Posts Tagged ‘Recession’

I had spent the whole day at IIT Mumbai, at the Entrepreneurship Summit (more on that, in a separate post later). I had heard entrepreneurs talking about the recession and the tough times, and survival and cost cutting and what not.

And then, in the evening, I went to Phoenix Mills, to see a movie a the new PVR Cinemas 7-screen multiplex there. And being there, it felt like a different world! You’d wonder what those guys were talking in the day?? Recession? Where’s the recession?!

It was full of people. People who were shopping. People eating at the various food joints there. Having their ice creams and the expensive coffees. The new very large parking lot was full. I had to drive up to the 4th level before I could find a spot. The PVR cinma screens with 225/- a ticket and 70/- for popcorn (just to give an idea) was doing roaring business. As was the large extremely well located, well lit, attractive Croma store, selling all kind of electroncs.

The whole Phoenix Mills complex holds a special fascination for me. We moved in to our first office in Lower Parel, for (my first startup venture) in 1999. This office was bang opposite of Phonenix Mills. And during those days for Web 1.0 in India, there were plenty occasions for us to cross the road and go to the Phoenix Mills, for food or for bowling or just for a change. At that time, the only places that were worth going to, were the CO Bowling Co, with its Sports Bar (and where they served a good lunch) and Soul Curry, a quaint little restaurant there.

And then, as we spent from 1999 to 2007 in Lower Parel (we changed offices once, but it was right there too), we kept going across to the Phoenix Mills, at least once a week, on an average.

And we saw the transformation happen before our very eyes. Big Bazaar came, and Barista, and Planet M, and McDonalds, and Bombay Blues, and Noodle Bar, and Spaghetti Kitches, and Natural Ice Cream, etc. etc. etc. The traffic increased. There were “events” in the quadrangle in the central open area. Suddenly people were all over the place. It started taking more and more time to cross the road!! In between there were a couple of ‘incidents’ – some accidents, with workers dying too. Work slowed down, but then the Ruias managed to get things under control and work resumed. And more changes happened.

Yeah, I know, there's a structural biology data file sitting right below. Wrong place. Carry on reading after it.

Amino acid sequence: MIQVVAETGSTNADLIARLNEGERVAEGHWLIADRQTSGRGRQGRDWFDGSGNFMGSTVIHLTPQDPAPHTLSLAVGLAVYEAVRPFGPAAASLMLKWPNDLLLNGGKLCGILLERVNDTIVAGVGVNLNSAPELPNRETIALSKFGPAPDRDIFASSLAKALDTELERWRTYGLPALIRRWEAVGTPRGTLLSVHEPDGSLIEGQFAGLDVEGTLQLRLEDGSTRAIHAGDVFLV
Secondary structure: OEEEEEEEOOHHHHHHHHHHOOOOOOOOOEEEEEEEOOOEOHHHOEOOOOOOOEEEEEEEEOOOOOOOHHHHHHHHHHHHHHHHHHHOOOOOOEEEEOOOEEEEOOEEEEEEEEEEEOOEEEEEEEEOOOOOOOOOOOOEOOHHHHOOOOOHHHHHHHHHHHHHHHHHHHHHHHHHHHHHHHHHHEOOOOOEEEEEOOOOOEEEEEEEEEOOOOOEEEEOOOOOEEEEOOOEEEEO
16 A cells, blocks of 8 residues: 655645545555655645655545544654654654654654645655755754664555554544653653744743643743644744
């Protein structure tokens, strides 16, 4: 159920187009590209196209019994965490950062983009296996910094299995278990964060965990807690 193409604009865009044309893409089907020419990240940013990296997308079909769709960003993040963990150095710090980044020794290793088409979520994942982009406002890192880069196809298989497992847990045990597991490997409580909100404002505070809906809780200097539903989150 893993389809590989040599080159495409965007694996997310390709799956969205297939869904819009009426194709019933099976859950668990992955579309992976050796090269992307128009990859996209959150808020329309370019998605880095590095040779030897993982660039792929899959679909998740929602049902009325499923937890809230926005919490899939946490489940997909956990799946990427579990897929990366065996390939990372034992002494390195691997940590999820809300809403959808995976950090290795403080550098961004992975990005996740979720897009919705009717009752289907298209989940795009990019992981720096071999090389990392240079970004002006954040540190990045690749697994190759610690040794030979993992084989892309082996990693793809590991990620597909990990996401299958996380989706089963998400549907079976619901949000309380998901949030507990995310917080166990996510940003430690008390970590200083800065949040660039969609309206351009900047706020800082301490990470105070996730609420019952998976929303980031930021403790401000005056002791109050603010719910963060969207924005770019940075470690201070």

All in all, if was very fascinating to see the transformation of an old textile mill into a thriving consumer hub.

Now, there is just SO MUCH happening there, that you could pretty much get LOST!

And lost I almost was yesterday, trying to find my car back in the parking lot.

But not before seeing a society that was apparently not aware of the recession, or was not affected by it, or was living in complete denial!!

Okay, so the economic crisis gave way to the Mumbai terror attack, in as far as the centre stage of news is concerned. But the challenges of the current times have not gone away.

Raw material values skidding to reduce credit limits of companies and making value-added production becoming unviable.

Reduction of US and global pickup hurting exporters in spite of the favorable currency.

Job losses in IT and ITeS (large emplyers) sectors, due to serious US downturn.

High priced real estate not getting bought, developers defaulting on payments, leading to cascading crisis.

Stock markets, the mood indicator for the masses, continuing to flounder, and not giving any hope of an early recovery.

Empty cinema halls, malls, restaurants, hotel rooms.

Huge drop in advertising rates. Reduced newspaper sizes, especially the appointments pages, clearly indicative of job losses.

NO! I am not trying to be a doomsday messenger. But all of the above, and many others, are realities of the day.

And yet, I am staggered to see umpteen statements coming out that say, “…… is recession proof”. Replace the blank with any of Entertainment / F & B / India (yeah!!) or whatever you like to. And the statement will be in the press.

Who are we trying to kid? Movies and entertainment are recession proof? On the first Saturday, after release, the big budget Yuvraaj was playing to 20% occupancy. Food stalls, the big buck earners in multiplexes, are running low queues. Discounts to the extent of 35% on ticket prices have been offered (check out

Its a seriousl connected world now, snowballing factors have cascading consequences that impact one and all. Anyone talking about India not being affected, or all is well, is living in a fantasy world.

Living in denial has never helped anyone. It is important and necessary to face facts, and confront them.

What is clearly required today, is what is referred to as the Stockdale Paradox, and quoted and explained brilliantly by Jim Collins:

“Retain faith that you will prevail in the end, regardless of the difficulties.

AND at the same time

Confront the most brutal facts of your current reality, whatever they might be.”